3 – Plan to Succeed.  I’m a huge advocate for the use of a budget. Knowing how much you can spend in each spending category, and then knowing how you can get the absolute most from what you have available for each category, are some key steps to a very good experience with money.

4 – Give Some Away.  One of the central ways to find meaning in our use of money is to be generous.  That’s because generosity has been woven into the fabric of our spiritual DNA.

5 – Put Some Away.  In life, stuff happens.  One of the best ways to live in a constant state of preparedness, and to experience a lot of peace of mind, is to have some money in savings.

6 – Ruthlessly Avoid Debt.  I’ve lived with debt, and I’ve lived without debt (except a reasonable mortgage).  Believe me, living without debt is way better.

7 – Manage Your Number.  One section of my live workshops that always draws lots of questions is where I talk about credit reports and scores.  This is a topic that’s increasingly important, and still shrouded in lots of mystery.  I’ll help demystify the topic.

8 – Patiently Pursue Interest.  Investing is the most challenging part of personal finance.  I’ll help you find it less challenging by discussing proven strategies for successful investing.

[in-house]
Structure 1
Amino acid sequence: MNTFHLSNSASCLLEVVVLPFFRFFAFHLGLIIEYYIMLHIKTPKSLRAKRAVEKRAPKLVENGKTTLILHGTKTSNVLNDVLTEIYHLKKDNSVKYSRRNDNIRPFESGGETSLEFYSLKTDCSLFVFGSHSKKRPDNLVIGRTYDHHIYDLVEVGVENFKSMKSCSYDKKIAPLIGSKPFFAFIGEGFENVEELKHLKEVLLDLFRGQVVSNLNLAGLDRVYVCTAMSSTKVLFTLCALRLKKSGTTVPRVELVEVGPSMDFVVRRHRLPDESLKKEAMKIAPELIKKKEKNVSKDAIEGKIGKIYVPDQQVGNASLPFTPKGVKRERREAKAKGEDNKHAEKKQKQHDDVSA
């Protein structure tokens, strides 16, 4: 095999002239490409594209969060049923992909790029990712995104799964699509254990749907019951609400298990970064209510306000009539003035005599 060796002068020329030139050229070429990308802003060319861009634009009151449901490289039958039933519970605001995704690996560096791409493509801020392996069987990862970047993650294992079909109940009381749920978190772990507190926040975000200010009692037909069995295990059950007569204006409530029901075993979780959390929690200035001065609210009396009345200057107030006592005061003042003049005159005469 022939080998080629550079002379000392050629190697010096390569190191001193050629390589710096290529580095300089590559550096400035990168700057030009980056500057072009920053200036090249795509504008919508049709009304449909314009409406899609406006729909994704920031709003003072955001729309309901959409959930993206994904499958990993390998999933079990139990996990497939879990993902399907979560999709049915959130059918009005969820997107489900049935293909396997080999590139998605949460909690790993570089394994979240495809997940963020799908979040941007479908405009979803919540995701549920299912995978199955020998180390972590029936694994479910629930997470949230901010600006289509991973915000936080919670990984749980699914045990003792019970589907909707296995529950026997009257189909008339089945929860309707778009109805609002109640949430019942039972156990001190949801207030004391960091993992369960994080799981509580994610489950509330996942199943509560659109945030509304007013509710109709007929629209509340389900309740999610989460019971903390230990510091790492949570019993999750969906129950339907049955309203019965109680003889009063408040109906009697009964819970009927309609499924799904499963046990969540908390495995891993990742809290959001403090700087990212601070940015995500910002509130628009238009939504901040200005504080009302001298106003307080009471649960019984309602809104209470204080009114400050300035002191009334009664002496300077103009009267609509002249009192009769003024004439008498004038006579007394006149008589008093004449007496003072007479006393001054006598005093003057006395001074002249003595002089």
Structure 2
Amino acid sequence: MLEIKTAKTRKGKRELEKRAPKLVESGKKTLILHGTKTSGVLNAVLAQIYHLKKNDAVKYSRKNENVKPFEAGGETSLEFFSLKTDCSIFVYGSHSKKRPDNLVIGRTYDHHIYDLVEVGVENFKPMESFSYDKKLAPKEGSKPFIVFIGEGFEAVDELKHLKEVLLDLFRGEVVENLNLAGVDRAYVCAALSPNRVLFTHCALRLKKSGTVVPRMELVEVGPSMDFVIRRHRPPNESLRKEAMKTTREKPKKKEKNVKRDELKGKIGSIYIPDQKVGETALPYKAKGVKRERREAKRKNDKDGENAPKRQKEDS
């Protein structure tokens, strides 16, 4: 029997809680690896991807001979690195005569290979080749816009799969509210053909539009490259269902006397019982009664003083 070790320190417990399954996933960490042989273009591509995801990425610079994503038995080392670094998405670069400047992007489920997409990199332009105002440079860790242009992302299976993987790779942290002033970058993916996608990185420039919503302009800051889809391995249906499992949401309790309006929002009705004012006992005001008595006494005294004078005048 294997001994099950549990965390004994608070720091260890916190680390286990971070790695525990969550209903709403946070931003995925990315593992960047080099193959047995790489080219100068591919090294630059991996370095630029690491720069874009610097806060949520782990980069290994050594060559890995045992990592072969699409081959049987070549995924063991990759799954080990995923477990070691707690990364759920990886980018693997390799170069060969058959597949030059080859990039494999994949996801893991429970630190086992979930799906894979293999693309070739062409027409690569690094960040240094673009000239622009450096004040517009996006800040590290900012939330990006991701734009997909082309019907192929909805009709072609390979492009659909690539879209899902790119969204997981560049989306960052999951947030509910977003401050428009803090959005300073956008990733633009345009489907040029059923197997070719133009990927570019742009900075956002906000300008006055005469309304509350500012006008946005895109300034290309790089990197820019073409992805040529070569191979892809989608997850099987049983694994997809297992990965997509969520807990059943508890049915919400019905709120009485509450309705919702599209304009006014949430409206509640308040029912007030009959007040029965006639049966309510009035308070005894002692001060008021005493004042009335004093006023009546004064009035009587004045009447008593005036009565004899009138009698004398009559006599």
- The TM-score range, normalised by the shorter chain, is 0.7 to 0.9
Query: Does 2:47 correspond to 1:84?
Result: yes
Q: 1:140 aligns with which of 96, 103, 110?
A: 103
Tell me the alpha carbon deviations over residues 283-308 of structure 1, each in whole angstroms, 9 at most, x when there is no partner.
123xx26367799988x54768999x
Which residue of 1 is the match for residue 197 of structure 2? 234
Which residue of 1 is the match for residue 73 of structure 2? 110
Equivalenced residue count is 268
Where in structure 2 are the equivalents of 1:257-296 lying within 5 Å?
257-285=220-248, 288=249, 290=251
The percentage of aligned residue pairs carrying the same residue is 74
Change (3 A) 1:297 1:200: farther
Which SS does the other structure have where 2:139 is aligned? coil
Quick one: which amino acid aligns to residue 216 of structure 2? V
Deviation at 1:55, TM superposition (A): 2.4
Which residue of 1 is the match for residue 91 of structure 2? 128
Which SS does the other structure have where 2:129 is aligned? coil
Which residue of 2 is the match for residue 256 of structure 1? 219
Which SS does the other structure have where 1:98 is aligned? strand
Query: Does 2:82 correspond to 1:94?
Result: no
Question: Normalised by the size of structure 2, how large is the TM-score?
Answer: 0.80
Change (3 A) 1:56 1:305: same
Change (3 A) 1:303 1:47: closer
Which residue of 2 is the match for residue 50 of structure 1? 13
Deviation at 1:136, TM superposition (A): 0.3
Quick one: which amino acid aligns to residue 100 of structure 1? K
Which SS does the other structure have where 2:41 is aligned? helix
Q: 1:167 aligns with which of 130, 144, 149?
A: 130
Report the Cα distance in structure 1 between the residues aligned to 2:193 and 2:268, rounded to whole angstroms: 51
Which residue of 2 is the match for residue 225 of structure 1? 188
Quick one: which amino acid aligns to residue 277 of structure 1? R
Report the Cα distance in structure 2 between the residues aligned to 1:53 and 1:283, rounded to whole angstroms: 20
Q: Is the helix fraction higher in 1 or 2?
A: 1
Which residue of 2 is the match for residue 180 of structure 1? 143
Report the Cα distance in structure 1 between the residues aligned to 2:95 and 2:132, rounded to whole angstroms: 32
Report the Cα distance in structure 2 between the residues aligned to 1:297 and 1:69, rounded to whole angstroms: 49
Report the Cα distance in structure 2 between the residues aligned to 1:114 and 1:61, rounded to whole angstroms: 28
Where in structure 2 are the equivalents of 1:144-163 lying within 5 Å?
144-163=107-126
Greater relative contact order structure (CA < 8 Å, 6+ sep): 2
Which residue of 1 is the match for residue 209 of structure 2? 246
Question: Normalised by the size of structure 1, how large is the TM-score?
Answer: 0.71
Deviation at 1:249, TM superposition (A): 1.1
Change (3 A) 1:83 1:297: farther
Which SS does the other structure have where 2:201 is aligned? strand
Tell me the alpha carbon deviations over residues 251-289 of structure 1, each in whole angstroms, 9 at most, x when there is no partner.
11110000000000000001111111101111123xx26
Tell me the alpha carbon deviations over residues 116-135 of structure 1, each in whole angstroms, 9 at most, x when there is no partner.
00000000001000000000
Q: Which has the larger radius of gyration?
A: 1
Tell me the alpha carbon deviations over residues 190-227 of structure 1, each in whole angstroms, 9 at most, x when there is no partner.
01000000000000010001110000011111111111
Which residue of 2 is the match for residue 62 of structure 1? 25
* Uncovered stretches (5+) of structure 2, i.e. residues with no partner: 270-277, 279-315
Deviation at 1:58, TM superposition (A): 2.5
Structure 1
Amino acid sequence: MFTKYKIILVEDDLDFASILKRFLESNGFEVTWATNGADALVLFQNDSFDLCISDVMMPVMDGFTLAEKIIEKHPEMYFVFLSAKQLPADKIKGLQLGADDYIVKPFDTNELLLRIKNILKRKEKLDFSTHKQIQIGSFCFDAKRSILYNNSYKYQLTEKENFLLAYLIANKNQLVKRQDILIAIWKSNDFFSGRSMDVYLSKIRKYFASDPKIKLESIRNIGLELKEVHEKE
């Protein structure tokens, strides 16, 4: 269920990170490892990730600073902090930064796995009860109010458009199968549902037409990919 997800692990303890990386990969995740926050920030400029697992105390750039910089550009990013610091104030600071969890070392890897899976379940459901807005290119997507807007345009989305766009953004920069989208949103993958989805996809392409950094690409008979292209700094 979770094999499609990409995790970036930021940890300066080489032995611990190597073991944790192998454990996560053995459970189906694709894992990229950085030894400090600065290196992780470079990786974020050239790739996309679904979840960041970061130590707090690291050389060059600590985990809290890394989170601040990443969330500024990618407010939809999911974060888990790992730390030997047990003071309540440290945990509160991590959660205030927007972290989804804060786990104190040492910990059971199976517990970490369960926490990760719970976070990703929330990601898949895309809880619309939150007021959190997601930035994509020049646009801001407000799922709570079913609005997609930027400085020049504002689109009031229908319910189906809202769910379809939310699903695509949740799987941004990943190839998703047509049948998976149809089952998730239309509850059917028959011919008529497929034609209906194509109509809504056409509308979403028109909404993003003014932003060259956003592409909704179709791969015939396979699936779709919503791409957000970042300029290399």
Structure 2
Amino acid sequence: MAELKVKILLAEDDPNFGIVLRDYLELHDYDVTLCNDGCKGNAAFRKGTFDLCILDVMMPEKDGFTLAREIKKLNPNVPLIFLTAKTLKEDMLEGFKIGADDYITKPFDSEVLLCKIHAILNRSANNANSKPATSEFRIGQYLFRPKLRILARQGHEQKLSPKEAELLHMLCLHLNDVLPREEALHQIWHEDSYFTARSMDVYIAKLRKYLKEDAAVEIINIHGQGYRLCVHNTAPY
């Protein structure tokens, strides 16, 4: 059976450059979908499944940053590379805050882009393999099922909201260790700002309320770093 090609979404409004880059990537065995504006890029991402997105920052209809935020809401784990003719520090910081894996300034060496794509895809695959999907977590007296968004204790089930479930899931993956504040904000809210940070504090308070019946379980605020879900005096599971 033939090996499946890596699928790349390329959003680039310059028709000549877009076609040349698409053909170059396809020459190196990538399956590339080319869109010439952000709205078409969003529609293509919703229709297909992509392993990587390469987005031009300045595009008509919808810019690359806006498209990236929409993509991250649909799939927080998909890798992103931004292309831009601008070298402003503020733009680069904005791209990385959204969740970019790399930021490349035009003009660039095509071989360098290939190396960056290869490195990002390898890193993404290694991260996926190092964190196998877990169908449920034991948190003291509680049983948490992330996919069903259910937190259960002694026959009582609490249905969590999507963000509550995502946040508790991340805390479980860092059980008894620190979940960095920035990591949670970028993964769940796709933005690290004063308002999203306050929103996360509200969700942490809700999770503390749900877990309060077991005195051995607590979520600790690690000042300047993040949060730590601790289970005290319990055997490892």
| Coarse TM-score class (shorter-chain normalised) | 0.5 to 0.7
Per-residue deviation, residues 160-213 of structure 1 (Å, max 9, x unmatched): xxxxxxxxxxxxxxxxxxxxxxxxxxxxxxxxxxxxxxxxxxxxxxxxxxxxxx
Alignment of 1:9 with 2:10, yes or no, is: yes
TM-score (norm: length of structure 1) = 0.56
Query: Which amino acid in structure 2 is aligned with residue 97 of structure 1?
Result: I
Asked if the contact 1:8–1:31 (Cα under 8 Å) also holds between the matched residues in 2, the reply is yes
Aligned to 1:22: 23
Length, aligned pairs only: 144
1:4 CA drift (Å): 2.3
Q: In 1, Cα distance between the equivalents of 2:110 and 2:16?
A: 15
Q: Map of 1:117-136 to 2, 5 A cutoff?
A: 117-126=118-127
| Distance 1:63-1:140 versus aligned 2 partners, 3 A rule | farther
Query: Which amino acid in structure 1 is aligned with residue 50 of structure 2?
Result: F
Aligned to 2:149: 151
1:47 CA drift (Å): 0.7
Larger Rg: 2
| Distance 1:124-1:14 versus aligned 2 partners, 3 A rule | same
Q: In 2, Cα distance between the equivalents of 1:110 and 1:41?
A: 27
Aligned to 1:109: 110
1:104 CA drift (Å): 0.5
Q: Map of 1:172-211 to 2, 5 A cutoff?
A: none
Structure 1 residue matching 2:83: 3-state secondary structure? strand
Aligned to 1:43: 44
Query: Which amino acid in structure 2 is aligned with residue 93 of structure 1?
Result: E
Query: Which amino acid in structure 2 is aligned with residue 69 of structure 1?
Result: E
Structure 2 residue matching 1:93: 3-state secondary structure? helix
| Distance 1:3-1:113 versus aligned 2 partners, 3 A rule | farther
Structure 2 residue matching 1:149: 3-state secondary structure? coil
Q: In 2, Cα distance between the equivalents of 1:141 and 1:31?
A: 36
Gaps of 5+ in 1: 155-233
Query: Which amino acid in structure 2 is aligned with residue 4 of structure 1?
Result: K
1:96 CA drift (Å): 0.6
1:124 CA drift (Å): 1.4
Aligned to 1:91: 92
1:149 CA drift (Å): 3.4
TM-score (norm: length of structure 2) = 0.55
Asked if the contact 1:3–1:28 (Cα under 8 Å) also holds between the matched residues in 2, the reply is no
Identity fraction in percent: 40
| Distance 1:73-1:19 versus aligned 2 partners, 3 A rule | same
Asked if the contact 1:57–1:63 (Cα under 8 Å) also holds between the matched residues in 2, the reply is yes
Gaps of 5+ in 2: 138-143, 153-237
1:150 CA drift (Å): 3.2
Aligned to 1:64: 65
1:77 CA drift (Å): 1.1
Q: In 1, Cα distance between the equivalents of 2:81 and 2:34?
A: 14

9 – Build Walls of Protection.  Beyond keeping some money in reserve, carrying the proper insurance in the proper amounts helps protect against some of the big stuff that can come our way.

10 – Spend Smart on Housing.  For most of us, housing is our biggest expense.  A big key to a financial situation that works is getting this expense right.

11 – Spend Smart on Everything Else.  I don’t care for the term frugality.  I prefer spending smart, and there are ways to spend smart on everything from cars to clothes to Caribbean vacations.

There are two other key topics that I have a lot of passion for: money & marriage, and teaching our kids about money, so I’ll address these topics throughout the year as well.

Are You In?

If this is what you’re after in your financial life – simple, meaningful success – you’ve come to the right place.

My one main request of you is that you participate. Tell me what you agree or disagree with, how the topic being discussed has played out in your life, and what else you can contribute to the conversation.

Let’s be in this together.  Let’s encourage each other, challenge each other, and celebrate with each other as we learn more about using money to live life to the full. Are you with me?

Categories: Miscellaneous